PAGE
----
By Vicki J. Coombs, PhD, RN, FAHA

Congratulations to all nurses who are returning to school to further your education!  You come to us in our academic institutions as licensed registered nurses with years of experience or maybe just a few weeks of experience.  No matter how much experience we have or don’t have, we get to make a difference for patients and families and communities every single day.

In nursing, making that kind of difference every day, makes you a leader! Making a difference every day in the lives of our patients, families and communities…that’s what makes you a leader.

I grew up in rural Ohio on a dairy farm.  I always knew I wanted to be a nurse but I had a guidance counselor in high school that told me that since I came from “farm people”, I wasn’t college material.  He essentially told me that I should just forget my dream of becoming a nurse.  No one in my family had ever gone to college so I shouldn’t expect to either.  Thank goodness I didn’t listen to that guidance counselor…but I did listen to my parents.  I went to Miami University in Ohio and earned my Associate Degree in Nursing, then my BSN, then my MSN.

One day shortly after graduating with my Master’s Degree, I was working in the coronary care unit of my local hospital and low and behold…who should come in with a myocardial infarction but my high school guidance counselor!  And guess what…he was assigned to be my patient!    I introduced myself to him and asked him if he remembered me.  He did.  I asked him if he remembered the advice he gave me about going to nursing school—he said “no”.  So I proceeded to tell him that I didn’t heed his advice, went on to earn my advanced degrees and I was leaving Ohio in a few weeks to go to Johns Hopkins University in Baltimore Maryland to complete my PhD in Nursing.   He admitted that sometimes he was wrong about students…..

No matter your position, or job, your voice has never been more important.  Our healthcare system is changing very fast and nurses possess the skills that ensure that all that those we care for are front and center in any healthcare decisions that are made.  We bring the patient and the family voices to the fore front and we are driven by a life-long commitment to human caring and that should be the common story of all our efforts to improve health care and health.  This is what matters most!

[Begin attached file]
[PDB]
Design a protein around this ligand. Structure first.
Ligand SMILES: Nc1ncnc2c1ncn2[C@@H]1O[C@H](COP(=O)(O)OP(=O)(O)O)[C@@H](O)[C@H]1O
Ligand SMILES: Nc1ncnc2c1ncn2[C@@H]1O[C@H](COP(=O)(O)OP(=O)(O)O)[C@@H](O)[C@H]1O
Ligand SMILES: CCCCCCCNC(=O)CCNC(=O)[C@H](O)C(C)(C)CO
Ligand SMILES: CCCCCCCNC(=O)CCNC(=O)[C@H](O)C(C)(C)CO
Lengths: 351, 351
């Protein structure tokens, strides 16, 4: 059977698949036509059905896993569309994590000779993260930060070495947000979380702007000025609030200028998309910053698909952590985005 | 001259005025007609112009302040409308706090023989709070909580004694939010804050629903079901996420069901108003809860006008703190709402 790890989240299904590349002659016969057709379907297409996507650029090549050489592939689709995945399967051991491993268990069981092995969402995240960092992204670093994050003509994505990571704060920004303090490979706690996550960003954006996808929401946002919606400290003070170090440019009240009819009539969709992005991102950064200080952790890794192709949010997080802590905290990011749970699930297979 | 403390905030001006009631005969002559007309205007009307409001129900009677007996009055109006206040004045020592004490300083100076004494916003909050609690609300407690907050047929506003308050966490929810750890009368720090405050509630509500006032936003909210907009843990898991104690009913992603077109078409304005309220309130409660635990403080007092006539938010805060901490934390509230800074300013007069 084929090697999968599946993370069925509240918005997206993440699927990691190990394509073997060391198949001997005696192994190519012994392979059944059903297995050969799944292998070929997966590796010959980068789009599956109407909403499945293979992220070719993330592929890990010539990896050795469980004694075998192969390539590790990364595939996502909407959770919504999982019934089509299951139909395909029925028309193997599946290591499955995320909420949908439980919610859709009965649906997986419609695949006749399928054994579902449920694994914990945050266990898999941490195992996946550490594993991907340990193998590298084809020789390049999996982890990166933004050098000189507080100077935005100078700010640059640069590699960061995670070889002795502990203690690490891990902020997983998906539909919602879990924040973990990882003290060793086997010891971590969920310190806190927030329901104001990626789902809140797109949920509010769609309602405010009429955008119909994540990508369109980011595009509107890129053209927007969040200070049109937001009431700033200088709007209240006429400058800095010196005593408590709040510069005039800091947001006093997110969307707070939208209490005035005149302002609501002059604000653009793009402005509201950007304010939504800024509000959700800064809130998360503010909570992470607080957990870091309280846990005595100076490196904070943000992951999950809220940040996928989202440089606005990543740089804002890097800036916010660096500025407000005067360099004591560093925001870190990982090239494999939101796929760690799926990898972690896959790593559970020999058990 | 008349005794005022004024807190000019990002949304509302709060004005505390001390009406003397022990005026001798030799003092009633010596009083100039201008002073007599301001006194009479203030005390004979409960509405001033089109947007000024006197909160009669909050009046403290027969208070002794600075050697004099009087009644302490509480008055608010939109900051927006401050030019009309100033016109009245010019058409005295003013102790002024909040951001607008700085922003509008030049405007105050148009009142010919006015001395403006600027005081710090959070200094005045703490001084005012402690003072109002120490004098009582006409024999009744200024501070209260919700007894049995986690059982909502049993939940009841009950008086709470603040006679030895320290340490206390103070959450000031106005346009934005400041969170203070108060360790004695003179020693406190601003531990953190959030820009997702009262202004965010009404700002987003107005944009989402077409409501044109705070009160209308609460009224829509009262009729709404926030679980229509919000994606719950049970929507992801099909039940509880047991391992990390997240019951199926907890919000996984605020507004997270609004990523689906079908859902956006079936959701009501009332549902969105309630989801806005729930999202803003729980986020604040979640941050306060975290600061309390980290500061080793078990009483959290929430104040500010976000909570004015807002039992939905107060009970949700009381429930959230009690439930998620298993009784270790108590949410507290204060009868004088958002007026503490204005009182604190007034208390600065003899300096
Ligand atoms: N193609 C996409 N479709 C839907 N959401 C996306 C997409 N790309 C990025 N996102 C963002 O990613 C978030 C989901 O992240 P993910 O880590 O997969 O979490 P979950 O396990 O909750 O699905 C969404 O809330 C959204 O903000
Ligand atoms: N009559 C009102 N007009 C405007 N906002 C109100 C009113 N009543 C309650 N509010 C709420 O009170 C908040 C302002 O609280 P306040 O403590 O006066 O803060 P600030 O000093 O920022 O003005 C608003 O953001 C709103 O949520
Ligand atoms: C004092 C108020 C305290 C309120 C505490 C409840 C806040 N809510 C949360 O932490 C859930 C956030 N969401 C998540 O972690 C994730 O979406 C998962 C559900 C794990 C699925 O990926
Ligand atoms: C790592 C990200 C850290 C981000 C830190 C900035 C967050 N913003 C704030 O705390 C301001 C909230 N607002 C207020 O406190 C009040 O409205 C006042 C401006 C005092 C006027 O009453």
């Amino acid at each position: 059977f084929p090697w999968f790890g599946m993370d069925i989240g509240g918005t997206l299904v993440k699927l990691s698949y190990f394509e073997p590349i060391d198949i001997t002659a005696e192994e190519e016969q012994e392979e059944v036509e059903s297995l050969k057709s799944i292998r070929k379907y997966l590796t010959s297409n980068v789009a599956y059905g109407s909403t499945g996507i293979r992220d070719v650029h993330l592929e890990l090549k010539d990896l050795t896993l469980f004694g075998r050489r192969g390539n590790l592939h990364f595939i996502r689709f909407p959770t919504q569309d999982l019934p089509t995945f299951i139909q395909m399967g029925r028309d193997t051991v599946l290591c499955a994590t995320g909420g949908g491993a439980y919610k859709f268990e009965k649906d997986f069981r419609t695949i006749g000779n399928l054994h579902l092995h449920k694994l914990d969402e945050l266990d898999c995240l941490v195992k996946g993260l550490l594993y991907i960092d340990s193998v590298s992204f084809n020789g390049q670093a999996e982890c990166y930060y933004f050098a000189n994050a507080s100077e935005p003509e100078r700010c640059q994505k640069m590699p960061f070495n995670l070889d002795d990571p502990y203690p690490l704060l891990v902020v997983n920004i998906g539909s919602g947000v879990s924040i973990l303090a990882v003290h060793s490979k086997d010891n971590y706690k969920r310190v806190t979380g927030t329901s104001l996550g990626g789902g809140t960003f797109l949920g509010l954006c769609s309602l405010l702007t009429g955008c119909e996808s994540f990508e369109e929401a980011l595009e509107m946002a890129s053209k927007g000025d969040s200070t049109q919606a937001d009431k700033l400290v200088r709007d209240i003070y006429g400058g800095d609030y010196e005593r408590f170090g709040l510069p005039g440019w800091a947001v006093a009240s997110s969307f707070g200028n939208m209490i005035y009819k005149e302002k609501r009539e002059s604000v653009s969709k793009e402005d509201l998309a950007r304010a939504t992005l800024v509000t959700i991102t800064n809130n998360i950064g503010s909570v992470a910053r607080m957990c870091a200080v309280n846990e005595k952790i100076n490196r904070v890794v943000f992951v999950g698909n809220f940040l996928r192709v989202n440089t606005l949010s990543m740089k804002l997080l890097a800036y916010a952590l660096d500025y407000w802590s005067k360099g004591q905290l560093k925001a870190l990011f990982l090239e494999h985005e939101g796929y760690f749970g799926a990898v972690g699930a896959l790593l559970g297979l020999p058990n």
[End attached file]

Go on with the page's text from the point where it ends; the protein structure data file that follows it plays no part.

When you tap into your passion, you are a leader.  Whether it’s caring for newborns in the NICU, providing hospice care for the elderly, or working in the emergency room with trauma patients, you need to find something you love and feel passionate about it. That’s what we want for you in your nursing education programs.  We want you to find your passion in nursing!  We will teach you how to speak about it, how to write about it, and how to advocate for it.  Your nursing voice is special and unique to all healthcare providers.  You spend the most time with patients and you know what they need.  Always be driven to be your best.  And that means getting that next nursing degree!  Not just for you but for your patients!  The essence of nursing is to care compassionately.   Remember that you aren’t just a nurse, you are a leader!  Most importantly, you are a leader that makes a difference in the lives of others.  What could be better than that?


Submitted by Vicki J. Coombs, PhD, RN, FAHA

University Department Chair

Keiser University